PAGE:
Environmental Enteric Dysfunction (EED) was first described as a malabsorption syndrome with small intestinal villous flattening among healthy adults in Thailand and other low-resource settings.1–4 A similar entity was described in Peace Corps volunteers in South Asia.5,6 Several years later, resolution of histopathology and malabsorption after repatriation or immigration to North America was demonstrated.7,8
Ensuing studies described that a similar entity, also manifested by abnormal histopathology, permeability defects, inflammation, and impaired nutrient absorption, is widespread among impoverished children in settings with poor sanitation and hygiene.9–14 Recent data corroborate these findings, and associate increased gut permeability and inflammation with ponderal, and especially linear, growth faltering in children living in low-income countries.15–19 Such growth deficits have been associated with poor outcomes such as cognitive delay and chronic noncommunicable diseases in adulthood.20–22 Although the precise cause(s) of EED remain(s) elusive, exposure to fecally contaminated environments, specific microbes, and/or a paucity of beneficial intestinal bacteria are candidate precipitants.19,23
Recent and ongoing studies are assessing relationships between intestinal dysfunction and suboptimal growth in childhood. The Malnutrition and Enteric Diseases (MAL-ED) Network demonstrated that intestinal permeability defects were common among young children in Asia, Africa, and Latin America.24 The EED Biomarkers Initiative Consortium is identifying and validating candidate biomarkers and increasing our understanding of EED pathophysiology.25 Water, sanitation and hygiene (WaSH) trials are testing effects of environmental interventions on EED prevalence.26,27
However, even if WaSH efficacy trials demonstrate the ability of these interventions to reduce EED burden, this entity is unlikely to be eliminated soon, as efforts to implement WaSH at high coverage have been inadequate. For example, at least 1.8 billion people worldwide are estimated to drink fecally contaminated water, and only 68% have access to “improved” sanitation facilities, as defined by the United Nations Joint Monitoring Program.28 Also, the capacity to implement hygiene practices is constrained because of insufficient access to water of any quality. Hence, even if WaSH can prevent EED, many children will continue to suffer from EED and its consequences, and substantial interest exists in identifying and trialing therapeutics.29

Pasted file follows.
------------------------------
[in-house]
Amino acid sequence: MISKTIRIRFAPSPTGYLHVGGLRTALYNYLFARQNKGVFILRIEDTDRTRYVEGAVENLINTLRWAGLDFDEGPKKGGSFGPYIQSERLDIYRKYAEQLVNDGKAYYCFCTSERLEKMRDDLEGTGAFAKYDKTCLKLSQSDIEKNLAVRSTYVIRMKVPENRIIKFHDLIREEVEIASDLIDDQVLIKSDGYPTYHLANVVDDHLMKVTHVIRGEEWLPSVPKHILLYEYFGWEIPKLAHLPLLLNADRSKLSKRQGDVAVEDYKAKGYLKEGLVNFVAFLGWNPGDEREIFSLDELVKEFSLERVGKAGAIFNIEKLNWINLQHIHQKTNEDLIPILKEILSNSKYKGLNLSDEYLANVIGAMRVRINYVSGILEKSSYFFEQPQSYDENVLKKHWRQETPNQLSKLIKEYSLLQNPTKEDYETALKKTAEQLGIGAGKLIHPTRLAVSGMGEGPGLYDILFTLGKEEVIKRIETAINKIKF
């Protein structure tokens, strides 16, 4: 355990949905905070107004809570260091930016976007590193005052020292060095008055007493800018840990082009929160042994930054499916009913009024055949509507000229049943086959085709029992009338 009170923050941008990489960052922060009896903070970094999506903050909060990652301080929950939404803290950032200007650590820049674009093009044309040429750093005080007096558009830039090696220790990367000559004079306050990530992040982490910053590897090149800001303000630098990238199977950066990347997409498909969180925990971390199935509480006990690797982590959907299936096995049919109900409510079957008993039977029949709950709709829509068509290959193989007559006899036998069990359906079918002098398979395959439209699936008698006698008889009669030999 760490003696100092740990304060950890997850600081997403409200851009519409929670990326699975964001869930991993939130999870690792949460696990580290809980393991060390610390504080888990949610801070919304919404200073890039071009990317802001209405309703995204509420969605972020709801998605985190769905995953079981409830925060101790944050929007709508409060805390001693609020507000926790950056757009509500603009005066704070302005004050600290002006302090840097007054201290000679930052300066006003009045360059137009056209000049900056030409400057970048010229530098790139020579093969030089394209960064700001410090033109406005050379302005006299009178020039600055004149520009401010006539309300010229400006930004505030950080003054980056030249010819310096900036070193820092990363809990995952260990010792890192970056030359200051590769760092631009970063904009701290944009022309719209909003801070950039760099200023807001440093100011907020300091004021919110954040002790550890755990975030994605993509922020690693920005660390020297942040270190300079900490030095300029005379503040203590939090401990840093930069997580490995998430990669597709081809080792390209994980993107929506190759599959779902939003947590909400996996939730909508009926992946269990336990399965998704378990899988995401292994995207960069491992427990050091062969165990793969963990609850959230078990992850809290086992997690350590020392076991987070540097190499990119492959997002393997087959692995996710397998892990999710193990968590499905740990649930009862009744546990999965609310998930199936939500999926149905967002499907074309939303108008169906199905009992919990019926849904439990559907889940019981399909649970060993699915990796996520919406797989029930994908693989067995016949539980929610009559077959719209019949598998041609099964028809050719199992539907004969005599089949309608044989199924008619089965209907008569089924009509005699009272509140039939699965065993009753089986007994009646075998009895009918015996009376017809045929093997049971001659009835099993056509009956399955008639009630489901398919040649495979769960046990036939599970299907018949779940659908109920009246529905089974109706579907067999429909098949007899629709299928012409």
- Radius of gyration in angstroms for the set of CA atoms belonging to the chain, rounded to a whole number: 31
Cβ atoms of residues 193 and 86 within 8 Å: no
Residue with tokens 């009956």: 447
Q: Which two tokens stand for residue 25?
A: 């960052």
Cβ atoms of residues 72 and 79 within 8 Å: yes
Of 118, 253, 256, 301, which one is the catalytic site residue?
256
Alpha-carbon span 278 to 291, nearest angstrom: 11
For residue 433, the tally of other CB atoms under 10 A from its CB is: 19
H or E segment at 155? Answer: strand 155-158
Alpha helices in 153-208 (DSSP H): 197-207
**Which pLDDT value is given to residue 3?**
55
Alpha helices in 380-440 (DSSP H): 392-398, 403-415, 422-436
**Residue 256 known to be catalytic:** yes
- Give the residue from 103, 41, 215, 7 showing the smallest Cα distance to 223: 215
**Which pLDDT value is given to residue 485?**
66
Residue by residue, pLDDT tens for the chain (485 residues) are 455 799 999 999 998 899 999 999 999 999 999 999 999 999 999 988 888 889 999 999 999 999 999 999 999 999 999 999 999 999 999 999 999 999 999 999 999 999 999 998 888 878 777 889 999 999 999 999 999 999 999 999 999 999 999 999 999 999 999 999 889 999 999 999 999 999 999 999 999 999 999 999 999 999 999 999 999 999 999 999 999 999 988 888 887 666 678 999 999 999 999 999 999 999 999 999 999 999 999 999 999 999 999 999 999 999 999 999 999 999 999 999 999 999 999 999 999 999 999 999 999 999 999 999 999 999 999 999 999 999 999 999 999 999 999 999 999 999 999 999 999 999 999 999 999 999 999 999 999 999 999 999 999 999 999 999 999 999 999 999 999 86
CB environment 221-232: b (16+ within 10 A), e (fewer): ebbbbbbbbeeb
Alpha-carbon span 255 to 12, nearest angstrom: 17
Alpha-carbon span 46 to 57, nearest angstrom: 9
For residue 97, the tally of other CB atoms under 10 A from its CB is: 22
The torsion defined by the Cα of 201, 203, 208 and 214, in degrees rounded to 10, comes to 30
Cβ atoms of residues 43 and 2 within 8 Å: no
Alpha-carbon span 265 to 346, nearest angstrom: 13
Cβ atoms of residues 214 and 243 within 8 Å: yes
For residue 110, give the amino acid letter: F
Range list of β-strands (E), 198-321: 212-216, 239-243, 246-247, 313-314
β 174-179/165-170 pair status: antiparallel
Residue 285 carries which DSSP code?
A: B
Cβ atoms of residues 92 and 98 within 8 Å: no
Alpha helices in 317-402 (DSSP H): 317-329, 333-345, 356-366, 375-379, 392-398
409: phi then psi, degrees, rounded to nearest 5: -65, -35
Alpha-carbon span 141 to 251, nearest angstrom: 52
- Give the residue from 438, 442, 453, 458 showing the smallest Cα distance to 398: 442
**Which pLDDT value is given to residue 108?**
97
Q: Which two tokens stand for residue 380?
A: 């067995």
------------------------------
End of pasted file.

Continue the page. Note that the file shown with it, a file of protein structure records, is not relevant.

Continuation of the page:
Given its obscure etiology, largely sub-clinical nature, and no clear role for a single biomarker to identify a case, it is currently impossible to diagnose a specific child with EED. This uncertainty has impeded the design of clinical trials for this important entity. Recently, Keusch et al.30 introduced a paradigm shift toward functional gastrointestinal deficit as a defining feature of EED, but acknowledged the challenges in formulating a well-circumscribed, clinically and epidemiologically useful, durable definition. Thus, a formal case definition of EED will constitute a significant advance in the study of therapeutic interventions.
Therapeutics trials necessarily use more cautious case definitions than those used in prevention studies, which generally recruit community-based asymptomatic/presymptomatic individuals and test interventions with little or no risk (e.g., WaSH interventions). Therapeutics pose risks that are at least hypothetically greater than those tested in prevention studies. An EED case definition within the context of therapeutic trials, should, therefore be sufficiently specific to exclude individuals unlikely to have EED, to minimize potential harm, and maximize possible benefit. Such specificity also reduces potential misclassification and false ascertainment of lack of efficacy, as the likelihood of identifying a true effect diminishes because of misclassification (i.e., type 2 error).31 In other words, if children do not “respond” because they do not have the condition, a null finding is more likely, thereby leading to potentially dismissing a treatment that might work.
To advance the EED field, we now propose a definition construct analogous to the Jones criteria for acute rheumatic fever, intended for therapeutic trials, and which can be modified as new data emerge. In building this proposal, we recognize that EED is, except for poor growth, rarely accompanied by clinical signs or symptoms, so our criteria highly depend on laboratory assessment. Accordingly, our definition is based on three domains, which, taken together, indicate an acquired intestinal inflammatory disorder with substantial clinical impact. Domain 1 includes age, presence of linear growth failure, negative celiac disease testing; domain 2 includes gut histopathology consistent with EED or at least two intestinal deficits assessed by less invasive biomarkers; domain 3 consists of biomarkers nonspecific to enteric dysfunction, but representing consequences of EED. We discuss a “sliding scale” application of the proposed criteria based on the adverse event potential of the therapy. Finally, we propose a definition of response to intervention.
We acknowledge Parminder Suchdev for his guidance on defining linear growth faltering, David Rudnick for his thoughtful review of our manuscript and Hannah Atlas for manuscript preparation.
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